You could find comb anywhere from a couple of feet long to eight feet or more in length (top to bottom) and covering from one wall stud to the other, usually 16" wide. You really need to get all the comb out. You need to tie the brood comb into frames, and hopefully get the queen into the hive body. Then leave the hive close to the area where the nest was, not neccessarily near the entrance they were using. They should find the hive and be in by sundown. Sometimes they don't go in, or all of them don't stay in. I think this is when I didn't get the queen in. Then I beevac them after night fall. Most times they will all end up in the hive body.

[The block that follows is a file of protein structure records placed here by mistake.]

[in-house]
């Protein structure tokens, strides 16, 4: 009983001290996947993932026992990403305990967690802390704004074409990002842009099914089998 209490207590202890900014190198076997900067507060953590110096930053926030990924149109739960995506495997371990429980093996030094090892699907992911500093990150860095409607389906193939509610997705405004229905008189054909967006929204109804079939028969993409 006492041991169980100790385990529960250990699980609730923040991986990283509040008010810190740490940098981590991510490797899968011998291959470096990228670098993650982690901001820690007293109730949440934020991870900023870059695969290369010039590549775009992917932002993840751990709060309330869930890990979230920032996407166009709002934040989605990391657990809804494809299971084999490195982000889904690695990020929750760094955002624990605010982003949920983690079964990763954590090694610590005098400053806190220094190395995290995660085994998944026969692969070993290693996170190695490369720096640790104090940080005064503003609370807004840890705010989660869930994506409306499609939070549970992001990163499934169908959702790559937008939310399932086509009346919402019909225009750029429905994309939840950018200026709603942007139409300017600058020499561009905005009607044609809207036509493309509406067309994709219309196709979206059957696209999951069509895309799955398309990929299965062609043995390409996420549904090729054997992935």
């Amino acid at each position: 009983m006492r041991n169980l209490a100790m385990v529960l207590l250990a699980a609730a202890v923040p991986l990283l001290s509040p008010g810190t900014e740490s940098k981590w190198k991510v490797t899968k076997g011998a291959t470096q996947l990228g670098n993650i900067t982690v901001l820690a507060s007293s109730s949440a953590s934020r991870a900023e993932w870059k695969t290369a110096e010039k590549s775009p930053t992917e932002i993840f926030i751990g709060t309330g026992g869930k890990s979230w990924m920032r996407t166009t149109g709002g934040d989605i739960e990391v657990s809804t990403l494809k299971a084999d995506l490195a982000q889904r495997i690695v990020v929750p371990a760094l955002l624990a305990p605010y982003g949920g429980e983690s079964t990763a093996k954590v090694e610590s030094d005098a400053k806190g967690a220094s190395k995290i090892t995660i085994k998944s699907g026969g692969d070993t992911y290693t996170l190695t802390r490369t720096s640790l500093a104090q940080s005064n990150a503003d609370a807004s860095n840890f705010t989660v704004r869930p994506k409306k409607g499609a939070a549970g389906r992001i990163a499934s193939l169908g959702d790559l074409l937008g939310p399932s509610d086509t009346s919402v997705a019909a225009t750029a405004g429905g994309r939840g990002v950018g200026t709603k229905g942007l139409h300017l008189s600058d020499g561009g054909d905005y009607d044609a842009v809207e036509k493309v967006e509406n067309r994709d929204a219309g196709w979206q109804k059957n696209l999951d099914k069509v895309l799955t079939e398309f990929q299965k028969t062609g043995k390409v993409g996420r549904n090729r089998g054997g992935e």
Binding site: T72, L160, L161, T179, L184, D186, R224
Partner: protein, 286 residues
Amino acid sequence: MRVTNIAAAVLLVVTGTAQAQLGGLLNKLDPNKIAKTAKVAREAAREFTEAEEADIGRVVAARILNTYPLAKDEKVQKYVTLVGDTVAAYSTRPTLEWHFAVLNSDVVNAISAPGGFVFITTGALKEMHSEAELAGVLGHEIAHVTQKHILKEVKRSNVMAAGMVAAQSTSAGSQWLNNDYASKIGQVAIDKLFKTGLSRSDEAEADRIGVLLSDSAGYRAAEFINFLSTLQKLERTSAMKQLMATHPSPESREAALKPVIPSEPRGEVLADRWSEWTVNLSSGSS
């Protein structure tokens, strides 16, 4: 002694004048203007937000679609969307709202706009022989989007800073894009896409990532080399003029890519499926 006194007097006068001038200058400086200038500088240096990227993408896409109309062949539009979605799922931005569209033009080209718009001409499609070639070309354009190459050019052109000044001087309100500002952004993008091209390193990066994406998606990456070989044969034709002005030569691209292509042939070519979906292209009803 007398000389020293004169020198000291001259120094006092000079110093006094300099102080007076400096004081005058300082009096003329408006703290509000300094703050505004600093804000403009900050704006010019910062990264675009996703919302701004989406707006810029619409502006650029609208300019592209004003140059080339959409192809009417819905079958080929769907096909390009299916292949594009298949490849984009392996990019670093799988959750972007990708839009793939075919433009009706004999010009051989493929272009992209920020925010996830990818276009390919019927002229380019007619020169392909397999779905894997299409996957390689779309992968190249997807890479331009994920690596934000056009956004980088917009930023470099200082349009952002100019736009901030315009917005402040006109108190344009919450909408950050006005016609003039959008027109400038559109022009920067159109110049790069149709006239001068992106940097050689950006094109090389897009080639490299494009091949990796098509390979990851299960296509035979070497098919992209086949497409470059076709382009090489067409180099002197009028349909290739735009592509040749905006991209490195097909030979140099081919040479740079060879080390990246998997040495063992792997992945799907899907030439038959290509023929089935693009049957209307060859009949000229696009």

Also, the bees will start huddling in corners. Up in the top or down at the bottom. If you open the wall up past the wall studs, or if there is an opening to the other side of the wall stud, the bees will go huddle over on the other side. They don't fly off and huddle many yards away, it will be close to the old nest. So don't tear into the wall past the wall studs, unless you think the colony goes to the other side. You might do like I did on the last one I did and use plastic and duct tape to limit their number of hiding places.